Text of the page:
Most importantly, in the event of a failure, you need to know which copy of data you should go get depending on the event and location. In general, there are typically two types of failure events: You either need to return data to the most recent version available or you need to return data to a specific point in time. The location is dependent on if you are at your original location or at your DR site. You need to know how to execute a recovery in both of these scenarios and locations. The process should be documented well enough that a person with minimal IT expertise could follow the steps and recover data.
Finally, and this is critical, the plan needs to be practiced regularly. In my days of managing a backup support help desk, the number one tech support call was walking someone through a system or even file recovery because they had never done one or had not done one often enough that they remembered the steps. As the saying goes, practice makes perfect.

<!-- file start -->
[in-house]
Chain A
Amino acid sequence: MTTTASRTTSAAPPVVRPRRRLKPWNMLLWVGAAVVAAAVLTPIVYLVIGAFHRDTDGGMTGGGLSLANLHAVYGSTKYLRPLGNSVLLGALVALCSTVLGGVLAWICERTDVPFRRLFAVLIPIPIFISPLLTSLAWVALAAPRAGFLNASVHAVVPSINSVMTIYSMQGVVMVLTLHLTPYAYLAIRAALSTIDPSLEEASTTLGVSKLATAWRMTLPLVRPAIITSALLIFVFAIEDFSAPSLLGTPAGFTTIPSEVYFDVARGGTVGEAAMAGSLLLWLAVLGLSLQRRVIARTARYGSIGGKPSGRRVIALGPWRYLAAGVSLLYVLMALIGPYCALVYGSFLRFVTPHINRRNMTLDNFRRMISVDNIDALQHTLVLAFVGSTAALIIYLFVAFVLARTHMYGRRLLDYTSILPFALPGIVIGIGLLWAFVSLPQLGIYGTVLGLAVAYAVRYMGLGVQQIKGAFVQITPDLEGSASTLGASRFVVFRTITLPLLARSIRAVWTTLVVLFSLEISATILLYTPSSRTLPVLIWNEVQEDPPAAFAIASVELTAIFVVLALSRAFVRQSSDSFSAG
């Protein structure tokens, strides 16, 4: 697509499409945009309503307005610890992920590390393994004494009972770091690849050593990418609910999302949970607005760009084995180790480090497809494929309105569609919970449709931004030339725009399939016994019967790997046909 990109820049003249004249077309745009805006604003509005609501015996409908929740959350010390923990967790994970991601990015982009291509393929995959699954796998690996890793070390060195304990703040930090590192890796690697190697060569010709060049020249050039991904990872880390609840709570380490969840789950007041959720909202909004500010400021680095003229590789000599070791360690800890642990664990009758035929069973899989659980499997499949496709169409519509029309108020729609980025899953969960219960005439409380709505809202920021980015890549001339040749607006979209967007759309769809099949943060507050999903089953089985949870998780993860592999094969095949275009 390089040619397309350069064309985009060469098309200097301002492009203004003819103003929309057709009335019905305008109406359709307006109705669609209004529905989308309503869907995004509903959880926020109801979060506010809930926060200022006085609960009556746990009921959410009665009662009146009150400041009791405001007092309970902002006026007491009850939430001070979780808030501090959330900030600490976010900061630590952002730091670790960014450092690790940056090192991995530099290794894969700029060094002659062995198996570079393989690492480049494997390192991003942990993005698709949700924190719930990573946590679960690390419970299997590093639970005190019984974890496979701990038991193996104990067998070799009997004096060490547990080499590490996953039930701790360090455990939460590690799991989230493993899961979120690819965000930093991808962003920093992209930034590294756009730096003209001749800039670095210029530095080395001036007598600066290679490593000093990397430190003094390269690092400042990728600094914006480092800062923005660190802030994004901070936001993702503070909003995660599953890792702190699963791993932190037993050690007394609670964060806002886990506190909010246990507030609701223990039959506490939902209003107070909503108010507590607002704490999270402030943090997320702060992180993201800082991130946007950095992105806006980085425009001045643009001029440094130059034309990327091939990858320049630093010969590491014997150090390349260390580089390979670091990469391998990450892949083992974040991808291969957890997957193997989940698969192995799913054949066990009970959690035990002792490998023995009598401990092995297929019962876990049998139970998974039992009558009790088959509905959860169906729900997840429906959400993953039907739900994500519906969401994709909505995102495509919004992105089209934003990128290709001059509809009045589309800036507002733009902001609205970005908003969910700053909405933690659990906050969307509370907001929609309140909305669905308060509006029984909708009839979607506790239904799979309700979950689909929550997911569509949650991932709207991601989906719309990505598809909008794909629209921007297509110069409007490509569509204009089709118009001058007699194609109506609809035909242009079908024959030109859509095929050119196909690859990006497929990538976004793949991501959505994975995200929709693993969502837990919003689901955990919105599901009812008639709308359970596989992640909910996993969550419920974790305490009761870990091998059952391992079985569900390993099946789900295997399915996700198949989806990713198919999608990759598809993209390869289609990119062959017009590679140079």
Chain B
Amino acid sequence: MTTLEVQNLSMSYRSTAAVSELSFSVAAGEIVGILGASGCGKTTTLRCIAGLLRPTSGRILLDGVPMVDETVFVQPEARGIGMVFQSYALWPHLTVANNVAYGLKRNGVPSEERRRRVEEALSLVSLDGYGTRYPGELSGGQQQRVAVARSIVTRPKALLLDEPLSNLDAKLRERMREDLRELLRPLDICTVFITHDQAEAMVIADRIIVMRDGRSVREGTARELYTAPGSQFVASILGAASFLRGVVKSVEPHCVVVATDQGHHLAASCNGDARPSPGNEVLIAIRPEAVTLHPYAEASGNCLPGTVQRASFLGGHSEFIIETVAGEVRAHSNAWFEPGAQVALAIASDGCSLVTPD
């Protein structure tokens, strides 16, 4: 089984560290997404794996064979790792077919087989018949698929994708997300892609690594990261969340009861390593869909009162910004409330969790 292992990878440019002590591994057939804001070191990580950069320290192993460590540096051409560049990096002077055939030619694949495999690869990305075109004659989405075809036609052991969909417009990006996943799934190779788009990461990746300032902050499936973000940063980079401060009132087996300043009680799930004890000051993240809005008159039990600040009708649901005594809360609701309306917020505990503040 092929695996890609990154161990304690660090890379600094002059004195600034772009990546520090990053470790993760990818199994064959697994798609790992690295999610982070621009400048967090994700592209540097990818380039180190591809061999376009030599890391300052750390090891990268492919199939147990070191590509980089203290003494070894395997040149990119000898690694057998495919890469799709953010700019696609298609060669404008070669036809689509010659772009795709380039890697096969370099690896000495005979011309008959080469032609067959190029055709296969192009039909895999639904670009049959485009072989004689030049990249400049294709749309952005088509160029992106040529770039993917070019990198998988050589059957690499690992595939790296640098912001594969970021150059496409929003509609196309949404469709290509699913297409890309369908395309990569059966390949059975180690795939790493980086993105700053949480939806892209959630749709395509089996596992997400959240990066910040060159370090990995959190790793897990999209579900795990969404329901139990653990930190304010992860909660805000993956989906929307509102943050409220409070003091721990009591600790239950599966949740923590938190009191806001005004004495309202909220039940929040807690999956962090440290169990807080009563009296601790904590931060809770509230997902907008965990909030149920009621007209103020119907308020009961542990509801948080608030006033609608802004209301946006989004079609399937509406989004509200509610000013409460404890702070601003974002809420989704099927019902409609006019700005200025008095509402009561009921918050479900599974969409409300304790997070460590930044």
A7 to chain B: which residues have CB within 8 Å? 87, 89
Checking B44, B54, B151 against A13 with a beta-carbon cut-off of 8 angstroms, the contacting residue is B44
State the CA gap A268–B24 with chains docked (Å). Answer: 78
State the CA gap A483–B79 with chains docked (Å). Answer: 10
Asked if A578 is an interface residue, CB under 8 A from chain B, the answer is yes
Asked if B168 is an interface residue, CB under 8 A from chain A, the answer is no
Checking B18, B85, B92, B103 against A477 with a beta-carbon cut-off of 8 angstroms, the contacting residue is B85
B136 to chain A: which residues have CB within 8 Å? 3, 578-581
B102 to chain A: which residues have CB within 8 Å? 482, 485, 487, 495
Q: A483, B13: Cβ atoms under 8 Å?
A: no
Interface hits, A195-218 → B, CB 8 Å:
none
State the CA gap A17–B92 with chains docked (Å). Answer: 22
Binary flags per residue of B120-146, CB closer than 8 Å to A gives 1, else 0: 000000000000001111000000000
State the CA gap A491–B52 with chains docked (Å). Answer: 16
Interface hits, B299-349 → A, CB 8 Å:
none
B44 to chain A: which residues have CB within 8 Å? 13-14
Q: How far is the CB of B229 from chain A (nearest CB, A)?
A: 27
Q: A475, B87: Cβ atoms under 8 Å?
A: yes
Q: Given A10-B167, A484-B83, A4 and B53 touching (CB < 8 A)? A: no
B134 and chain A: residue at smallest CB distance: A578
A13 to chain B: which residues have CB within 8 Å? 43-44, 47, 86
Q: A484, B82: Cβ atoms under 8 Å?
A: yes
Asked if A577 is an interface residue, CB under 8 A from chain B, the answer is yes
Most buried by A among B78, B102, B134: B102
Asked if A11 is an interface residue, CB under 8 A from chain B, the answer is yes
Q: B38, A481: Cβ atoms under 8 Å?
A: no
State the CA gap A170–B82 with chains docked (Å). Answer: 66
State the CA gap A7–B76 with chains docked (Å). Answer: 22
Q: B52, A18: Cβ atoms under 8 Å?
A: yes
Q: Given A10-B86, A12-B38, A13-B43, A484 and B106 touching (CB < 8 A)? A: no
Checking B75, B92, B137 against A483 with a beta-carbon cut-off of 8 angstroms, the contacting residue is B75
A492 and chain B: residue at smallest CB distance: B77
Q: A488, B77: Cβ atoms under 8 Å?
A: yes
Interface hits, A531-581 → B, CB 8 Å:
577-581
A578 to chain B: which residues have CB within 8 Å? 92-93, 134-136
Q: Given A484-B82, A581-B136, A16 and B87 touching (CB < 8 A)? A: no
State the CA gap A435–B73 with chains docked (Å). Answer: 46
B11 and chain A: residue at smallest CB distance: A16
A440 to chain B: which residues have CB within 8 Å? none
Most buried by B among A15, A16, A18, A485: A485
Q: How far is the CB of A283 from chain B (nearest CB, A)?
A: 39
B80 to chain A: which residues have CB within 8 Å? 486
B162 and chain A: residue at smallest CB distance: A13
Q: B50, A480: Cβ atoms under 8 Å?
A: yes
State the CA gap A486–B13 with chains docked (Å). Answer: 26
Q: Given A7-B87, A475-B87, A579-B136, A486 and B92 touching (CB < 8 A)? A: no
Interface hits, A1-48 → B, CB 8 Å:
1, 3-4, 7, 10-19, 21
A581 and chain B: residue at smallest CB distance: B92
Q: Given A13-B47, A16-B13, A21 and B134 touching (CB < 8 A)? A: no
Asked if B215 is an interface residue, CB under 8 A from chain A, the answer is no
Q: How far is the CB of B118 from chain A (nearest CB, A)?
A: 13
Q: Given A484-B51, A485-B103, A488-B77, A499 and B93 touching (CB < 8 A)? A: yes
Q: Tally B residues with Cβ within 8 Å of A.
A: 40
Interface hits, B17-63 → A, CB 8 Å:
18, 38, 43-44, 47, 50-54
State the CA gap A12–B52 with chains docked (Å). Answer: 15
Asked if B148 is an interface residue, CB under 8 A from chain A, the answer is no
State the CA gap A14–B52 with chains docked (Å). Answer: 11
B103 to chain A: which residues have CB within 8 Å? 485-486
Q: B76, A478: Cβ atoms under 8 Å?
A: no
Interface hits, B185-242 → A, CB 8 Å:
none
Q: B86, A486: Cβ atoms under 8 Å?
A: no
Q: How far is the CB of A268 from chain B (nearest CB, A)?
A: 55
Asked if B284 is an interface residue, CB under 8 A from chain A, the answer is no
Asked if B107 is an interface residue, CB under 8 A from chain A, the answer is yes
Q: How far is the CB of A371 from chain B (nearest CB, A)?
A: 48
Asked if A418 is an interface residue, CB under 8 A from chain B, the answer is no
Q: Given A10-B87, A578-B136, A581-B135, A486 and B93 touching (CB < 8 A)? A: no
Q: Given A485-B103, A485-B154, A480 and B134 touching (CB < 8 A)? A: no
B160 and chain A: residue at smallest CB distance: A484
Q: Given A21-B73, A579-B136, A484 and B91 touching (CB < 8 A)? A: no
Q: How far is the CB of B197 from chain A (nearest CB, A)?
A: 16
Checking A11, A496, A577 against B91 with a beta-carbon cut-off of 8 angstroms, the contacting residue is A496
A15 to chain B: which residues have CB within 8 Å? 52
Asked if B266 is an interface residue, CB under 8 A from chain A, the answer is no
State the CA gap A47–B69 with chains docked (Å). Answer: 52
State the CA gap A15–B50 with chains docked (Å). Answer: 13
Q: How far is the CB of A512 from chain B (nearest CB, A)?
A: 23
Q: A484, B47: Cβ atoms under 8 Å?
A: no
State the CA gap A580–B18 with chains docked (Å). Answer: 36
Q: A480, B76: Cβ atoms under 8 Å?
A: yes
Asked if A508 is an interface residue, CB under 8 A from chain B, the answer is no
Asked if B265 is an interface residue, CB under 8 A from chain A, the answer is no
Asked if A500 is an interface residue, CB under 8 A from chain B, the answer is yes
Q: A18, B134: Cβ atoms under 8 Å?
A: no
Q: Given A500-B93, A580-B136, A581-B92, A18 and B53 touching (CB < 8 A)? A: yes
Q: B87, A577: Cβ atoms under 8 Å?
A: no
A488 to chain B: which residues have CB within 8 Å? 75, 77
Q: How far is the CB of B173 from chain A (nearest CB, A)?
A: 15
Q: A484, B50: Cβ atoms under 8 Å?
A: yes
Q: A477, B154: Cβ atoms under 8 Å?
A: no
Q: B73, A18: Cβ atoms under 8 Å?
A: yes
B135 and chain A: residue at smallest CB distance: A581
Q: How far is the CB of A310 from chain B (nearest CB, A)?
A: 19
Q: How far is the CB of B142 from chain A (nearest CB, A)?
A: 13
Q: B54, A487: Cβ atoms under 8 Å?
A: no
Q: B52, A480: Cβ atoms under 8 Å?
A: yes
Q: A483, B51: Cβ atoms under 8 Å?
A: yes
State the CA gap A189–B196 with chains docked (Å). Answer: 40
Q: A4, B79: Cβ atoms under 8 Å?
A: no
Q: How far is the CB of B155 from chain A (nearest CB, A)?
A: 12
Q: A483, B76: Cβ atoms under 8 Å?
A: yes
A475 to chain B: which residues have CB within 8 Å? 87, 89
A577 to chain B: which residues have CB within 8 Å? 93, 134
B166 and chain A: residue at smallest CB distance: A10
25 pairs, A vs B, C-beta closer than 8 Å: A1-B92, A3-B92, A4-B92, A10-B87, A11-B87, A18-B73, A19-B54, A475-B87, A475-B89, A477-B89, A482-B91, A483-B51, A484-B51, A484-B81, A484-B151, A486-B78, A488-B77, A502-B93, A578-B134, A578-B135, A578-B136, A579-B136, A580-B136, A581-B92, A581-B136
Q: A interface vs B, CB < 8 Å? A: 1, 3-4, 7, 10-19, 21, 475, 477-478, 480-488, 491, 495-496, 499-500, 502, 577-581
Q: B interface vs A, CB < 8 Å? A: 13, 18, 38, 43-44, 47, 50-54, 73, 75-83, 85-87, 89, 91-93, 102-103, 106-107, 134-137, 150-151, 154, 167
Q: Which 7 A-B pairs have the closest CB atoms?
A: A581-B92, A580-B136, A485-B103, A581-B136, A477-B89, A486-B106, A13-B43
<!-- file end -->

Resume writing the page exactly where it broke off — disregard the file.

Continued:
There is a lot more to putting together a tight DR plan than can be justified in a blog entry but hopefully gives you some ideas. There are also plenty of resources, such as Network Computing's Top Ten Best Practices in Backups and Restores (registration required) and Jon Toigo's DR Planning.org.George Crump is president and founder of Storage Switzerland, an IT analyst firm focused on the storage and virtualization segments. With 25 years of experience designing storage solutions for datacenters across the US, he has seen the birth of such technologies as RAID, NAS, ... View Full Bio